Keith Nunes

The news surrounding Amazon’s proposed acquisition of Whole Foods Market continues to generate significant speculation, some of it quite wild, about future consumer packaged goods purchasing patterns. Of course, it is the consumer who will be the ultimate arbiter of what business models succeed, and if there is one constant, it is that consumers prefer to have choices of where they shop. With that in mind, it is helpful to review how consumers are shopping today and may shop tomorrow to more accurately assess what changes may resonate in the future.

The term “omnichannel,” the concept of creating a multichannel approach to sales, has been referenced for many years, and as the retail marketplace has become fragmented, the concept has taken on greater significance. Manufacturers are now competing for share across rapidly evolving channels that extend from such premium formats as Whole Foods and Sprouts to hard discounters like Aldi, Lidl and dollar stores while encompassing club, drug, convenience and digital formats as well.

A new report from the market research company Information Resources, Inc. focuses on retail channel performance in 2016 and highlights some of the changes taking place in this sphere. Amid considerable change, supermarkets have not yet lost their primacy. Notably, the grocery channel accounted for 41 per cent of dollar sales and 51 per cent of unit sales in 2016, and outperformed competing retail channels for the year.

E-commerce currently accounts for approximately 8% of consumer packaged goods sales in the United States.

Quick trips account for more than half of all shopping trips, and the trend has remained unchanged during the past few years, according to I.R.I. The trend should not be surprising because retailers have been investing heavily in new store formats and models as they adapt to the changing marketplace.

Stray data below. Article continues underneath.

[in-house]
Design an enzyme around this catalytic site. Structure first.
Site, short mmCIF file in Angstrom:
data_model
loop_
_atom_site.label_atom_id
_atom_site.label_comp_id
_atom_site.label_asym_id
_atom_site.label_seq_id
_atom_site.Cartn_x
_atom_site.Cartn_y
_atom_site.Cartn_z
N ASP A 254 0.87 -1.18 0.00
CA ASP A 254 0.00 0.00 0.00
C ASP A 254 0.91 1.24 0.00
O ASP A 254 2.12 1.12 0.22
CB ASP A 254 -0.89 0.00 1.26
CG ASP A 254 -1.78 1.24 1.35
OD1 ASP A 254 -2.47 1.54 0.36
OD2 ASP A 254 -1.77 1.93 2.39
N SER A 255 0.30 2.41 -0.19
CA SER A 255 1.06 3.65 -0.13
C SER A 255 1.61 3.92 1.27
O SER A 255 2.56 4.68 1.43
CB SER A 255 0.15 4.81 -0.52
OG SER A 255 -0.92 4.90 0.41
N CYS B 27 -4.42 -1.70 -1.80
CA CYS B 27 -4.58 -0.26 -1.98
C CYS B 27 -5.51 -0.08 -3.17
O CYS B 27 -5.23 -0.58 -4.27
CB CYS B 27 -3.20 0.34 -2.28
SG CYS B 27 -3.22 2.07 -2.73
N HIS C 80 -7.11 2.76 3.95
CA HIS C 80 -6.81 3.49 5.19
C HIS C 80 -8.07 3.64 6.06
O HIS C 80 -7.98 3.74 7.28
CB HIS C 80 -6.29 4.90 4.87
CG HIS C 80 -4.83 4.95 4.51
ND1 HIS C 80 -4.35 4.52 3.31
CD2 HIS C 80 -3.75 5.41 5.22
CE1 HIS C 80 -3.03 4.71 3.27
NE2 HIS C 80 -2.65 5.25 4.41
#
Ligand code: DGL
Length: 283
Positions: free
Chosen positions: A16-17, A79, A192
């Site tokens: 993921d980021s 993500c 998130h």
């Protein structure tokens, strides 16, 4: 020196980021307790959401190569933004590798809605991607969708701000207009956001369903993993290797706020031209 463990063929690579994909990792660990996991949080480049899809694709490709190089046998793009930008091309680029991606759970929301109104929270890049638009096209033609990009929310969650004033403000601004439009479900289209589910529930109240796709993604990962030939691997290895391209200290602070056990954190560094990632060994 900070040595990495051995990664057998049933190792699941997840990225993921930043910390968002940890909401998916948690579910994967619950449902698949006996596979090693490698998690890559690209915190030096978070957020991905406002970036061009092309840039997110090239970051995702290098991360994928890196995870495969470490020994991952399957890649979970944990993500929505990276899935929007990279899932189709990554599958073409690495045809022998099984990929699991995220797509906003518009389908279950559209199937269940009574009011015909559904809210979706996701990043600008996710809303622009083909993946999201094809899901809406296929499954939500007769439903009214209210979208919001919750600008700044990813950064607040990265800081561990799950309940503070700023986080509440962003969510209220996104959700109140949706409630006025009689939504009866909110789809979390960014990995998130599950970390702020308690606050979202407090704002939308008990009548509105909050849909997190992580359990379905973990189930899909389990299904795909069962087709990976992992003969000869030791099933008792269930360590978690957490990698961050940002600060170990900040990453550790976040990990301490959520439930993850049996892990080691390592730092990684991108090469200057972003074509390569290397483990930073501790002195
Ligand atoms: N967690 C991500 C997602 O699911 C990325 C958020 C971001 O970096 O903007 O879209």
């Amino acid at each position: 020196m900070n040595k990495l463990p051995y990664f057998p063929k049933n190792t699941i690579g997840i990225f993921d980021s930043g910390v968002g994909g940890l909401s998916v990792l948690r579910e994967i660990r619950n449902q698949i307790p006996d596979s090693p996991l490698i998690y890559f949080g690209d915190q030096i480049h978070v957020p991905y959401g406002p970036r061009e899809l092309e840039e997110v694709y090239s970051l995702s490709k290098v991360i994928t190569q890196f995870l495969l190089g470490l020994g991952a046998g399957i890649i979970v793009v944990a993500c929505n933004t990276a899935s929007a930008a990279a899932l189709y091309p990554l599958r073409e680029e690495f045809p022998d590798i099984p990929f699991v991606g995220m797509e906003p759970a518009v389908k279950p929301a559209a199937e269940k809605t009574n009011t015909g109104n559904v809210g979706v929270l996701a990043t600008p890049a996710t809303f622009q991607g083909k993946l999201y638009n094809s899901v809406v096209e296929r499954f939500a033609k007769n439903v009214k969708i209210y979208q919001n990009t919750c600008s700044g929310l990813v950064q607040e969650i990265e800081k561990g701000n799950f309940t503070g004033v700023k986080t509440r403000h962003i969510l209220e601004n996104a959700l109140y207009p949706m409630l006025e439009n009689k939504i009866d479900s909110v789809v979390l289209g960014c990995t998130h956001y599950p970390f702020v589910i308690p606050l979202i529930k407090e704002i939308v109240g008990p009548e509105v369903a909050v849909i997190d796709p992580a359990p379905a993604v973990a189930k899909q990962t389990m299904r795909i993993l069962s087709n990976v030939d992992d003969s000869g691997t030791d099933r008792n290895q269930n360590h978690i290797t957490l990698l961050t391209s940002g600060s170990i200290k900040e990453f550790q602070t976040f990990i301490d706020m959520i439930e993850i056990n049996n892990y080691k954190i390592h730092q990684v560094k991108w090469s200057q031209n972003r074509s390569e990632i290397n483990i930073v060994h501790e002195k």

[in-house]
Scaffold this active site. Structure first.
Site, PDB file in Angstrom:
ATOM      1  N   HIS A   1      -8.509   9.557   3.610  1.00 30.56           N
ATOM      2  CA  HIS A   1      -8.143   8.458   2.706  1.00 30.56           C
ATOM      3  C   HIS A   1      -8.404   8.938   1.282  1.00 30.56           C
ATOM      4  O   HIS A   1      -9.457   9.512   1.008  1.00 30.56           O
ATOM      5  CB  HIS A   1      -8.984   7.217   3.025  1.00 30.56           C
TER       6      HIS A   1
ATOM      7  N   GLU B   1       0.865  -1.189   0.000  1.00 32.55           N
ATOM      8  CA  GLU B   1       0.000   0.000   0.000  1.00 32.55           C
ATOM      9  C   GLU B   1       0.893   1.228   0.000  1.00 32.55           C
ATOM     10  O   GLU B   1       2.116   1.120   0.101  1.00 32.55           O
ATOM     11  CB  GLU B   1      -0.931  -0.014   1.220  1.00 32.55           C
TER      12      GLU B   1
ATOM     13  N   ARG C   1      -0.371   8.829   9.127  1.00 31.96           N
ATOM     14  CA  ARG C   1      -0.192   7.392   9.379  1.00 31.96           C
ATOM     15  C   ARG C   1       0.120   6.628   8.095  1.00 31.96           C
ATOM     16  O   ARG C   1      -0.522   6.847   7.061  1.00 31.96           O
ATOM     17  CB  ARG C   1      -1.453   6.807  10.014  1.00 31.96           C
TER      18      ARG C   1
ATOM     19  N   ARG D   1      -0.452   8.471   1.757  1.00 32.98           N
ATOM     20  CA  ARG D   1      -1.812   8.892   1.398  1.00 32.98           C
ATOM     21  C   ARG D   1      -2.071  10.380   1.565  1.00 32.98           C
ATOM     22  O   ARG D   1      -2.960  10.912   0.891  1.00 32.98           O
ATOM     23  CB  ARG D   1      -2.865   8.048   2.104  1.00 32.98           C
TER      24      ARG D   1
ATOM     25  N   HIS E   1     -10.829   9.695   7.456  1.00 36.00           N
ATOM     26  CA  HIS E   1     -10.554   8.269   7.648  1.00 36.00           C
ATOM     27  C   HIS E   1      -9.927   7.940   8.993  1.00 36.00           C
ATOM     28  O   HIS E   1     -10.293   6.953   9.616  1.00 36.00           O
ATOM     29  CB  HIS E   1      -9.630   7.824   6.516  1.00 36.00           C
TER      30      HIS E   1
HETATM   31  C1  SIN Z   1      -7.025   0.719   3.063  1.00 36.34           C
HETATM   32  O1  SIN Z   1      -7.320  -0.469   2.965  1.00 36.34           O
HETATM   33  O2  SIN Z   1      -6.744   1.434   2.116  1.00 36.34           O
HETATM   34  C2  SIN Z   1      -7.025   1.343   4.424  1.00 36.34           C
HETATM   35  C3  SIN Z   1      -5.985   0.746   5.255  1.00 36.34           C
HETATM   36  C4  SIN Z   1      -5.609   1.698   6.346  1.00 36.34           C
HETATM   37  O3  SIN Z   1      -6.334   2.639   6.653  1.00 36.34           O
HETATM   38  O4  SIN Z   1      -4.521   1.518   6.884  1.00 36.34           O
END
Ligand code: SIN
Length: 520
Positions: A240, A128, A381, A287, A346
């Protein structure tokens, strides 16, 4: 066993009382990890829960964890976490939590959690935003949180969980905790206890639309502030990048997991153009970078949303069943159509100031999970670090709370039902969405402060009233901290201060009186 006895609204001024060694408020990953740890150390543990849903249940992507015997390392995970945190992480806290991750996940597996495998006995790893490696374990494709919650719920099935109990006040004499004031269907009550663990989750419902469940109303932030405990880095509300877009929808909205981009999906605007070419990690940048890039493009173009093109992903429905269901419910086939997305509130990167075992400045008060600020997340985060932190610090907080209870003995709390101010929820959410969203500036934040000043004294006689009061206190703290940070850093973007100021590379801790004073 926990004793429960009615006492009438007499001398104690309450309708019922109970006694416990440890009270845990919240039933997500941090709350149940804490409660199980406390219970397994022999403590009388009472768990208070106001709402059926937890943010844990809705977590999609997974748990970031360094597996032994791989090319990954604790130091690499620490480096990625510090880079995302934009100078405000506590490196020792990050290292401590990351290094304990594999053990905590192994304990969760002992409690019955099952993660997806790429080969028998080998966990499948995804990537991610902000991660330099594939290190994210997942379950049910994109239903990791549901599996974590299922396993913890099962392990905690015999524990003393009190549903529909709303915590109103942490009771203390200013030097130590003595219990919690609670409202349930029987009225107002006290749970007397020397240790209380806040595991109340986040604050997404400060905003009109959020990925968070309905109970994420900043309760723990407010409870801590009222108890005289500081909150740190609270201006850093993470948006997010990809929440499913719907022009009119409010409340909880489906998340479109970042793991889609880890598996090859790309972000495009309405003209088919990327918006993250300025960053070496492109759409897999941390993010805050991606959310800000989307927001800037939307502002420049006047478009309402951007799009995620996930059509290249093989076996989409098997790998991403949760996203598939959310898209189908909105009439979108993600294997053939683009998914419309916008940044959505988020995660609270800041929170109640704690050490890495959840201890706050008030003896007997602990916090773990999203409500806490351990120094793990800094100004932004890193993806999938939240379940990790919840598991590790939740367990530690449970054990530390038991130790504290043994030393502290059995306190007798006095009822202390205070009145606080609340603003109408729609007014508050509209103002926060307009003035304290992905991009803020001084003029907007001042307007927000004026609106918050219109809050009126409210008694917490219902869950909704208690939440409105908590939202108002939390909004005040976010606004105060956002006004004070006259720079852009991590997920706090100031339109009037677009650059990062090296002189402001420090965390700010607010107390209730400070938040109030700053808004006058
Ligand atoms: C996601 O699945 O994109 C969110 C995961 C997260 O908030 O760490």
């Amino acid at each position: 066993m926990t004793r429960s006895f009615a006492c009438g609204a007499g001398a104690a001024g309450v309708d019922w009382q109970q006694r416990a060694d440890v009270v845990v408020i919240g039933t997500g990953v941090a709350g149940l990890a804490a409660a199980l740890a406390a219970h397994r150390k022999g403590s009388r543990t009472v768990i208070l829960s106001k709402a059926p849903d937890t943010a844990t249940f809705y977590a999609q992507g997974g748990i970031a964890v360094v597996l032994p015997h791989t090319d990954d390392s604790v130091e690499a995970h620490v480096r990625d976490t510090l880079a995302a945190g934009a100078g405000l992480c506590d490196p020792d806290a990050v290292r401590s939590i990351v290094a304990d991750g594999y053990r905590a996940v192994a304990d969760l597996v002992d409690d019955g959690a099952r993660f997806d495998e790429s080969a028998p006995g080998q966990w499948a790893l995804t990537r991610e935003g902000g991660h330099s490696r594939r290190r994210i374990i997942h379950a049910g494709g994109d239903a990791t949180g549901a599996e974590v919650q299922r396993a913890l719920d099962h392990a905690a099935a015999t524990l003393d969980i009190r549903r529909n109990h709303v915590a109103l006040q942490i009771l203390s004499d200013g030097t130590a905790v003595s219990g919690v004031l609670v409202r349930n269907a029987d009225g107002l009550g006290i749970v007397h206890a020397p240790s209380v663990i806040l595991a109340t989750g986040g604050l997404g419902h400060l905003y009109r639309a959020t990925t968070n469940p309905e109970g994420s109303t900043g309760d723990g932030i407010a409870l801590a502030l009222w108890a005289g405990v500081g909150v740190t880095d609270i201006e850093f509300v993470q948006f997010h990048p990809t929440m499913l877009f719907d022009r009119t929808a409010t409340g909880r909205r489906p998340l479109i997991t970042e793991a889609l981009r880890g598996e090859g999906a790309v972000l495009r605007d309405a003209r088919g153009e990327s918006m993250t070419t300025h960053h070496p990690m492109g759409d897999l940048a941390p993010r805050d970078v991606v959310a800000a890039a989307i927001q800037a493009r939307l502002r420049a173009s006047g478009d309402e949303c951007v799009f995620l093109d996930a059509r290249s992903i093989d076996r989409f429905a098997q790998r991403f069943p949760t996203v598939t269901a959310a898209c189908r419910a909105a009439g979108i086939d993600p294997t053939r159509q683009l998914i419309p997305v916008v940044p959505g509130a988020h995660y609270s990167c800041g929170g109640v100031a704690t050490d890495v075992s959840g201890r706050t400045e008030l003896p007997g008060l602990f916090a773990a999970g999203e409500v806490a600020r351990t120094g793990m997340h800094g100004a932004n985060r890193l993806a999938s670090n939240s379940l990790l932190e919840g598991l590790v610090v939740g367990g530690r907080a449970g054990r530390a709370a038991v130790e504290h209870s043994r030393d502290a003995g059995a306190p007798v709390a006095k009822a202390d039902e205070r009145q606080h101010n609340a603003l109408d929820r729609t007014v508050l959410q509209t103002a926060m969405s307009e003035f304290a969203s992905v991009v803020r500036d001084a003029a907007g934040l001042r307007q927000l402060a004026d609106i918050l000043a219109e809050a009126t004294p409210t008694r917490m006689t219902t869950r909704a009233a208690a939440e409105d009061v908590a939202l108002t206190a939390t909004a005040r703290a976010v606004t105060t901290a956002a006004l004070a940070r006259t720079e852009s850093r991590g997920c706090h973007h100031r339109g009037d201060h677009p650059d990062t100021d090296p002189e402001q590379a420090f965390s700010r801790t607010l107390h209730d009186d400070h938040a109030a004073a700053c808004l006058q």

A significant trend identified by I.R.I. involves programs retailers have developed to offer meal solutions and seeking to compete with food service and, more recently, with meal subscription services. One recent example includes the retailer Supervalu and its pending introduction of Quick’n Easy Meals, a service currently being tested before a full roll-out into the company’s stores.

Interestingly, I.R.I. says differing shopping patterns among generations may be significant. For example, millennials and those considered Gen X prefer to shop the mass market and supercenter channels. Younger baby boomers spend more time than the average consumer shopping in convenience stores, and seniors and retirees tend to shop more often in drug stores.

These different generational patterns underscore how greater personalization may drive consumers in the future. Retailers are using a variety of tools to attract and retain shoppers. As personal technology continues to evolve, one may expect personalization to become a greater force.

The I.R.I. report says e-commerce currently accounts for approximately 8 per cent of consumer packaged goods sales in the United States and that channel growth is “fast and furious.” The rapid growth of e-commerce is another component of the retail equation, but manufacturers must not lose sight of new opportunities in the brick-and-mortar formats. Those that succeed in the future will organize around serving the omnichannel and meeting the needs of consumers wherever they may shop.